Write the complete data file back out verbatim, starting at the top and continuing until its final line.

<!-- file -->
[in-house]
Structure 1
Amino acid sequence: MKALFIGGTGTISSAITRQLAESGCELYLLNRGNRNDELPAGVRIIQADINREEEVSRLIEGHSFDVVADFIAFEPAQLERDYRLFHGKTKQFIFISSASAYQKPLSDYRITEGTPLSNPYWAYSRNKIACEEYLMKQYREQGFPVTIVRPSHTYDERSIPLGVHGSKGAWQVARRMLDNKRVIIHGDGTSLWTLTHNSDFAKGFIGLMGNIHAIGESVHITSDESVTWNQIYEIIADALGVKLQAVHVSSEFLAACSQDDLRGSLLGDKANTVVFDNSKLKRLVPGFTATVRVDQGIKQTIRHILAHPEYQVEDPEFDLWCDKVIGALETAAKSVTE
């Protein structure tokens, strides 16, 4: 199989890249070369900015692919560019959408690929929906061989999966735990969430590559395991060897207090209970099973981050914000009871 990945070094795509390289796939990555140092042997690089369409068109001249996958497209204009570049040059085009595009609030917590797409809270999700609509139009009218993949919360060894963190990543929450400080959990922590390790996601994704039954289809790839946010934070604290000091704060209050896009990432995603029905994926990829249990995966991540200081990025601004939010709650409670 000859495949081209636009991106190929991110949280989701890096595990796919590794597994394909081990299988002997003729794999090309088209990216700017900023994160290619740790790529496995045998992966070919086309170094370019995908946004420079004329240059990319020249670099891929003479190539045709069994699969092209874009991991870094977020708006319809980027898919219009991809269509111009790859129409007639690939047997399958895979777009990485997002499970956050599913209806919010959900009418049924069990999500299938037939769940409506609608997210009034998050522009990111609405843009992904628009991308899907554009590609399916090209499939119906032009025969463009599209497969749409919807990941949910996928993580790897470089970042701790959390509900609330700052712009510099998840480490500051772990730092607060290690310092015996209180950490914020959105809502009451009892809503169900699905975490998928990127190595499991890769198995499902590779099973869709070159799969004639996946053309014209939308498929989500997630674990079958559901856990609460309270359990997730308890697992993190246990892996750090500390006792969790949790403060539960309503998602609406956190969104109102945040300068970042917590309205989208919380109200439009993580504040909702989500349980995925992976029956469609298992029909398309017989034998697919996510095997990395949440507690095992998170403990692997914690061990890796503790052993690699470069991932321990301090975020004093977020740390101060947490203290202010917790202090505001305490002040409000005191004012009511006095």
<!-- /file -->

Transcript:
[in-house]
Structure 1
Amino acid sequence: MKALFIGGTGTISSAITRQLAESGCELYLLNRGNRNDELPAGVRIIQADINREEEVSRLIEGHSFDVVADFIAFEPAQLERDYRLFHGKTKQFIFISSASAYQKPLSDYRITEGTPLSNPYWAYSRNKIACEEYLMKQYREQGFPVTIVRPSHTYDERSIPLGVHGSKGAWQVARRMLDNKRVIIHGDGTSLWTLTHNSDFAKGFIGLMGNIHAIGESVHITSDESVTWNQIYEIIADALGVKLQAVHVSSEFLAACSQDDLRGSLLGDKANTVVFDNSKLKRLVPGFTATVRVDQGIKQTIRHILAHPEYQVEDPEFDLWCDKVIGALETAAKSVTE
């Protein structure tokens, strides 16, 4: 199989890249070369900015692919560019959408690929929906061989999966735990969430590559395991060897207090209970099973981050914000009871 990945070094795509390289796939990555140092042997690089369409068109001249996958497209204009570049040059085009595009609030917590797409809270999700609509139009009218993949919360060894963190990543929450400080959990922590390790996601994704039954289809790839946010934070604290000091704060209050896009990432995603029905994926990829249990995966991540200081990025601004939010709650409670 000859495949081209636009991106190929991110949280989701890096595990796919590794597994394909081990299988002997003729794999090309088209990216700017900023994160290619740790790529496995045998992966070919086309170094370019995908946004420079004329240059990319020249670099891929003479190539045709069994699969092209874009991991870094977020708006319809980027898919219009991809269509111009790859129409007639690939047997399958895979777009990485997002499970956050599913209806919010959900009418049924069990999500299938037939769940409506609608997210009034998050522009990111609405843009992904628009991308899907554009590609399916090209499939119906032009025969463009599209497969749409919807990941949910996928993580790897470089970042701790959390509900609330700052712009510099998840480490500051772990730092607060290690310092015996209180950490914020959105809502009451009892809503169900699905975490998928990127190595499991890769198995499902590779099973869709070159799969004639996946053309014209939308498929989500997630674990079958559901856990609460309270359990997730308890697992993190246990892996750090500390006792969790949790403060539960309503998602609406956190969104109102945040300068970042917590309205989208919380109200439009993580504040909702989500349980995925992976029956469609298992029909398309017989034998697919996510095997990395949440507690095992998170403990692997914690061990890796503790052993690699470069991932321990301090975020004093977020740390101060947490203290202010917790202090505001305490002040409000005191004012009511006095």